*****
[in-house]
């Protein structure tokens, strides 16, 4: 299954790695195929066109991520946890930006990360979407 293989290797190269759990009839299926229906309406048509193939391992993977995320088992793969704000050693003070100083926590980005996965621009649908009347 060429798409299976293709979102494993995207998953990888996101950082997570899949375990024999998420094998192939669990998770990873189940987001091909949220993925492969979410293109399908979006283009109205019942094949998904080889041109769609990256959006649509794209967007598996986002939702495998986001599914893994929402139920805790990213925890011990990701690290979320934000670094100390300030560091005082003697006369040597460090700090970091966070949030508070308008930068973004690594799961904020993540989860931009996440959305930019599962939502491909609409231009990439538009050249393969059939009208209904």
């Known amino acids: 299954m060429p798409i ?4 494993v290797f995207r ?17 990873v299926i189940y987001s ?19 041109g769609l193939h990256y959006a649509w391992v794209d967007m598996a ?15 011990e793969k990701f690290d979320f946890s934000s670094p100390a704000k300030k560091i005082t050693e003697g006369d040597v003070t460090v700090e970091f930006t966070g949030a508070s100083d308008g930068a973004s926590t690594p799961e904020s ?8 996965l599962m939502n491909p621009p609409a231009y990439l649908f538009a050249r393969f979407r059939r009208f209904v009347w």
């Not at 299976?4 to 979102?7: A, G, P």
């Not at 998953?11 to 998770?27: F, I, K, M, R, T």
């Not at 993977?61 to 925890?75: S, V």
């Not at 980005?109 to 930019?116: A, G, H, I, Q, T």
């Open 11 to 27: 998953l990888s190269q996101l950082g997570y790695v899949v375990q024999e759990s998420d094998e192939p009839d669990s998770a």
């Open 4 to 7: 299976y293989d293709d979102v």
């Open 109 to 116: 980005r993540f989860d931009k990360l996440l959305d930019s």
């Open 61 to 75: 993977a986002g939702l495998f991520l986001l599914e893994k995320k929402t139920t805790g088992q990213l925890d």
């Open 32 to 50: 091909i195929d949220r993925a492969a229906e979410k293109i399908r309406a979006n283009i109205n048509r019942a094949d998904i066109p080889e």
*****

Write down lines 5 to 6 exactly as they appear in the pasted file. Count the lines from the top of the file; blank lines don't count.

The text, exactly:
């Not at 998953?11 to 998770?27: F, I, K, M, R, T």
């Not at 993977?61 to 925890?75: S, V």